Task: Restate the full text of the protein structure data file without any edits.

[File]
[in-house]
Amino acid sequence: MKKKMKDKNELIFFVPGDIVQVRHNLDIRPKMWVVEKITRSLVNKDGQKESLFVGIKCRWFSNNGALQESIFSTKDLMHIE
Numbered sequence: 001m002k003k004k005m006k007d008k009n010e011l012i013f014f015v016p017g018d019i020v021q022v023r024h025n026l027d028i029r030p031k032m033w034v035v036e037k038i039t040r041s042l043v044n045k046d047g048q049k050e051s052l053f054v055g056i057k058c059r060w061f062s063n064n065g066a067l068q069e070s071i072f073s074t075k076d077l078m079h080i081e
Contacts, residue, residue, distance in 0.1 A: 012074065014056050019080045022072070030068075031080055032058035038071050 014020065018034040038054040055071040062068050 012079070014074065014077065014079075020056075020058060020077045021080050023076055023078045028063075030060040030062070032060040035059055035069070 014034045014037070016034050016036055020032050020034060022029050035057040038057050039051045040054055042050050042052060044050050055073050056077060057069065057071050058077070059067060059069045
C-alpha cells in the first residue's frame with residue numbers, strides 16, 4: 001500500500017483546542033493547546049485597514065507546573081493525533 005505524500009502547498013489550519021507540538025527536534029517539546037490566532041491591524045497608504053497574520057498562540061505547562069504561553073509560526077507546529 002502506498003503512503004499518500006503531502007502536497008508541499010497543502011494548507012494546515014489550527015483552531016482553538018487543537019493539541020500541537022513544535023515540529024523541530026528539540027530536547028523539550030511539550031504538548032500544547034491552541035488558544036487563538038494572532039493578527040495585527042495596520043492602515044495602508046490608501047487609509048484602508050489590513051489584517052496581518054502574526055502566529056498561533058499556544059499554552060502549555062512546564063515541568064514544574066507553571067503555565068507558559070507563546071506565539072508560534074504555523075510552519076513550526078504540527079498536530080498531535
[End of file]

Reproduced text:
[in-house]
Amino acid sequence: MKKKMKDKNELIFFVPGDIVQVRHNLDIRPKMWVVEKITRSLVNKDGQKESLFVGIKCRWFSNNGALQESIFSTKDLMHIE
Numbered sequence: 001m002k003k004k005m006k007d008k009n010e011l012i013f014f015v016p017g018d019i020v021q022v023r024h025n026l027d028i029r030p031k032m033w034v035v036e037k038i039t040r041s042l043v044n045k046d047g048q049k050e051s052l053f054v055g056i057k058c059r060w061f062s063n064n065g066a067l068q069e070s071i072f073s074t075k076d077l078m079h080i081e
Contacts, residue, residue, distance in 0.1 A: 012074065014056050019080045022072070030068075031080055032058035038071050 014020065018034040038054040055071040062068050 012079070014074065014077065014079075020056075020058060020077045021080050023076055023078045028063075030060040030062070032060040035059055035069070 014034045014037070016034050016036055020032050020034060022029050035057040038057050039051045040054055042050050042052060044050050055073050056077060057069065057071050058077070059067060059069045
C-alpha cells in the first residue's frame with residue numbers, strides 16, 4: 001500500500017483546542033493547546049485597514065507546573081493525533 005505524500009502547498013489550519021507540538025527536534029517539546037490566532041491591524045497608504053497574520057498562540061505547562069504561553073509560526077507546529 002502506498003503512503004499518500006503531502007502536497008508541499010497543502011494548507012494546515014489550527015483552531016482553538018487543537019493539541020500541537022513544535023515540529024523541530026528539540027530536547028523539550030511539550031504538548032500544547034491552541035488558544036487563538038494572532039493578527040495585527042495596520043492602515044495602508046490608501047487609509048484602508050489590513051489584517052496581518054502574526055502566529056498561533058499556544059499554552060502549555062512546564063515541568064514544574066507553571067503555565068507558559070507563546071506565539072508560534074504555523075510552519076513550526078504540527079498536530080498531535